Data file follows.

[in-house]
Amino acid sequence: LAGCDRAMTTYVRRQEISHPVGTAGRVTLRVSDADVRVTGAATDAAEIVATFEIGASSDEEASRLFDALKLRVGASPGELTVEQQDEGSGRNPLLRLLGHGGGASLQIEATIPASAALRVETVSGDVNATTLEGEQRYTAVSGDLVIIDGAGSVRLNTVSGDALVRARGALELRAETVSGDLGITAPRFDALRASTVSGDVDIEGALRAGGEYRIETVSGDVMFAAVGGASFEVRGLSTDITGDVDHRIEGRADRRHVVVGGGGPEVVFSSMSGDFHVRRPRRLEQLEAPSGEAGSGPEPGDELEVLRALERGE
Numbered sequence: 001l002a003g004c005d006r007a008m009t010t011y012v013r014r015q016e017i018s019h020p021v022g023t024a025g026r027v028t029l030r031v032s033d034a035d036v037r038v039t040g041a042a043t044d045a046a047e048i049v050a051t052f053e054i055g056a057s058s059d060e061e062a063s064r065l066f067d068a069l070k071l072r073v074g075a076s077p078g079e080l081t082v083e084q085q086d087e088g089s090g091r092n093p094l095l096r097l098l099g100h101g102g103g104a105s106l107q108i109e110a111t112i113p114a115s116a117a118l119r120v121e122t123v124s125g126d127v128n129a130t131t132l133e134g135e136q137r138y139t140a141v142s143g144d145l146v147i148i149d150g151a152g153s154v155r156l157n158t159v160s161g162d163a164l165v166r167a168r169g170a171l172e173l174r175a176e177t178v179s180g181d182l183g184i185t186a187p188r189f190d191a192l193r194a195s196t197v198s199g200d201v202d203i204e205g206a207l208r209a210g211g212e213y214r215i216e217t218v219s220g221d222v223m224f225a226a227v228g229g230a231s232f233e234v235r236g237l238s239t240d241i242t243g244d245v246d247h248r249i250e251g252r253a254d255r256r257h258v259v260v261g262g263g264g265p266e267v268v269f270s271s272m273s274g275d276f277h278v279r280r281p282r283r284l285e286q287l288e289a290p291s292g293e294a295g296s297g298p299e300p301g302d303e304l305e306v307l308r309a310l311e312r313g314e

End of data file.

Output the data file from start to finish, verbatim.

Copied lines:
[in-house]
Amino acid sequence: LAGCDRAMTTYVRRQEISHPVGTAGRVTLRVSDADVRVTGAATDAAEIVATFEIGASSDEEASRLFDALKLRVGASPGELTVEQQDEGSGRNPLLRLLGHGGGASLQIEATIPASAALRVETVSGDVNATTLEGEQRYTAVSGDLVIIDGAGSVRLNTVSGDALVRARGALELRAETVSGDLGITAPRFDALRASTVSGDVDIEGALRAGGEYRIETVSGDVMFAAVGGASFEVRGLSTDITGDVDHRIEGRADRRHVVVGGGGPEVVFSSMSGDFHVRRPRRLEQLEAPSGEAGSGPEPGDELEVLRALERGE
Numbered sequence: 001l002a003g004c005d006r007a008m009t010t011y012v013r014r015q016e017i018s019h020p021v022g023t024a025g026r027v028t029l030r031v032s033d034a035d036v037r038v039t040g041a042a043t044d045a046a047e048i049v050a051t052f053e054i055g056a057s058s059d060e061e062a063s064r065l066f067d068a069l070k071l072r073v074g075a076s077p078g079e080l081t082v083e084q085q086d087e088g089s090g091r092n093p094l095l096r097l098l099g100h101g102g103g104a105s106l107q108i109e110a111t112i113p114a115s116a117a118l119r120v121e122t123v124s125g126d127v128n129a130t131t132l133e134g135e136q137r138y139t140a141v142s143g144d145l146v147i148i149d150g151a152g153s154v155r156l157n158t159v160s161g162d163a164l165v166r167a168r169g170a171l172e173l174r175a176e177t178v179s180g181d182l183g184i185t186a187p188r189f190d191a192l193r194a195s196t197v198s199g200d201v202d203i204e205g206a207l208r209a210g211g212e213y214r215i216e217t218v219s220g221d222v223m224f225a226a227v228g229g230a231s232f233e234v235r236g237l238s239t240d241i242t243g244d245v246d247h248r249i250e251g252r253a254d255r256r257h258v259v260v261g262g263g264g265p266e267v268v269f270s271s272m273s274g275d276f277h278v279r280r281p282r283r284l285e286q287l288e289a290p291s292g293e294a295g296s297g298p299e300p301g302d303e304l305e306v307l308r309a310l311e312r313g314e